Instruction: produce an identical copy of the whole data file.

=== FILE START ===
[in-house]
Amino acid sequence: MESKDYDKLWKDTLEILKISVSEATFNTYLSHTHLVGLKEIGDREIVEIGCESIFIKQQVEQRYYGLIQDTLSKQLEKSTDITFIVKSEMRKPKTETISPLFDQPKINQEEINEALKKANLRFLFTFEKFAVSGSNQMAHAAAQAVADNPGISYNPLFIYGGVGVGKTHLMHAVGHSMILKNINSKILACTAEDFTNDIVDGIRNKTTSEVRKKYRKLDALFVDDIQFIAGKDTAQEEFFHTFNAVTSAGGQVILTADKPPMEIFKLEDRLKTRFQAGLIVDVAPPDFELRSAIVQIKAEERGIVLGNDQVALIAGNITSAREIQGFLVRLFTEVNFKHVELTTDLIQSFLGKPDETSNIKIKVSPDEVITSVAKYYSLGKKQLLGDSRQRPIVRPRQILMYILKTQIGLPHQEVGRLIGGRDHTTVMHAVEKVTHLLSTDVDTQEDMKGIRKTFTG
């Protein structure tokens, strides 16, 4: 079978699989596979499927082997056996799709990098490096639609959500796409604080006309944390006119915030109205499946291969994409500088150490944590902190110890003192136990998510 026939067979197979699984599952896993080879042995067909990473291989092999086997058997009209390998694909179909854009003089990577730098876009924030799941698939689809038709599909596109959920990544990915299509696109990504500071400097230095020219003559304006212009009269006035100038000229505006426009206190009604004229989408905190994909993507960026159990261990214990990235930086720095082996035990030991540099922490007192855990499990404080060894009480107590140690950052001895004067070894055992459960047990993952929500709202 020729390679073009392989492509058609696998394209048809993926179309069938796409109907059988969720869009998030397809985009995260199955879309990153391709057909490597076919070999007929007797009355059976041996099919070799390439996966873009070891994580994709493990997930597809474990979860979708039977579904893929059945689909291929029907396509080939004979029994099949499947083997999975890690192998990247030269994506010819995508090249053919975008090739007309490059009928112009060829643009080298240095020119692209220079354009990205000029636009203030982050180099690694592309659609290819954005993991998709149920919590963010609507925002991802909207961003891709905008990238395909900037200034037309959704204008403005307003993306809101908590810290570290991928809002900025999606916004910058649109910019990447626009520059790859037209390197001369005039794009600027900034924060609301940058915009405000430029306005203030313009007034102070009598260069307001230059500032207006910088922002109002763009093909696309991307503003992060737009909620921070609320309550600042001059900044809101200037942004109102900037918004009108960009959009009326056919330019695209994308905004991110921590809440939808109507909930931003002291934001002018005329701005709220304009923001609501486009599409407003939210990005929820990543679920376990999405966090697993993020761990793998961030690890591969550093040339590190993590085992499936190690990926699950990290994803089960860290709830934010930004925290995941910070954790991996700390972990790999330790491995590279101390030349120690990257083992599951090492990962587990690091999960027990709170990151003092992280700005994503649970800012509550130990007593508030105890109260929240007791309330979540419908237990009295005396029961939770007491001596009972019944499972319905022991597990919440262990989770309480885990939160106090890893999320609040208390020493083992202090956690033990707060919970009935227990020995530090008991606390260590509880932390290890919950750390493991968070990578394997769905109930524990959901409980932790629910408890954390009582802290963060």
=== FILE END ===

[in-house]
Amino acid sequence: MESKDYDKLWKDTLEILKISVSEATFNTYLSHTHLVGLKEIGDREIVEIGCESIFIKQQVEQRYYGLIQDTLSKQLEKSTDITFIVKSEMRKPKTETISPLFDQPKINQEEINEALKKANLRFLFTFEKFAVSGSNQMAHAAAQAVADNPGISYNPLFIYGGVGVGKTHLMHAVGHSMILKNINSKILACTAEDFTNDIVDGIRNKTTSEVRKKYRKLDALFVDDIQFIAGKDTAQEEFFHTFNAVTSAGGQVILTADKPPMEIFKLEDRLKTRFQAGLIVDVAPPDFELRSAIVQIKAEERGIVLGNDQVALIAGNITSAREIQGFLVRLFTEVNFKHVELTTDLIQSFLGKPDETSNIKIKVSPDEVITSVAKYYSLGKKQLLGDSRQRPIVRPRQILMYILKTQIGLPHQEVGRLIGGRDHTTVMHAVEKVTHLLSTDVDTQEDMKGIRKTFTG
């Protein structure tokens, strides 16, 4: 079978699989596979499927082997056996799709990098490096639609959500796409604080006309944390006119915030109205499946291969994409500088150490944590902190110890003192136990998510 026939067979197979699984599952896993080879042995067909990473291989092999086997058997009209390998694909179909854009003089990577730098876009924030799941698939689809038709599909596109959920990544990915299509696109990504500071400097230095020219003559304006212009009269006035100038000229505006426009206190009604004229989408905190994909993507960026159990261990214990990235930086720095082996035990030991540099922490007192855990499990404080060894009480107590140690950052001895004067070894055992459960047990993952929500709202 020729390679073009392989492509058609696998394209048809993926179309069938796409109907059988969720869009998030397809985009995260199955879309990153391709057909490597076919070999007929007797009355059976041996099919070799390439996966873009070891994580994709493990997930597809474990979860979708039977579904893929059945689909291929029907396509080939004979029994099949499947083997999975890690192998990247030269994506010819995508090249053919975008090739007309490059009928112009060829643009080298240095020119692209220079354009990205000029636009203030982050180099690694592309659609290819954005993991998709149920919590963010609507925002991802909207961003891709905008990238395909900037200034037309959704204008403005307003993306809101908590810290570290991928809002900025999606916004910058649109910019990447626009520059790859037209390197001369005039794009600027900034924060609301940058915009405000430029306005203030313009007034102070009598260069307001230059500032207006910088922002109002763009093909696309991307503003992060737009909620921070609320309550600042001059900044809101200037942004109102900037918004009108960009959009009326056919330019695209994308905004991110921590809440939808109507909930931003002291934001002018005329701005709220304009923001609501486009599409407003939210990005929820990543679920376990999405966090697993993020761990793998961030690890591969550093040339590190993590085992499936190690990926699950990290994803089960860290709830934010930004925290995941910070954790991996700390972990790999330790491995590279101390030349120690990257083992599951090492990962587990690091999960027990709170990151003092992280700005994503649970800012509550130990007593508030105890109260929240007791309330979540419908237990009295005396029961939770007491001596009972019944499972319905022991597990919440262990989770309480885990939160106090890893999320609040208390020493083992202090956690033990707060919970009935227990020995530090008991606390260590509880932390290890919950750390493991968070990578394997769905109930524990959901409980932790629910408890954390009582802290963060």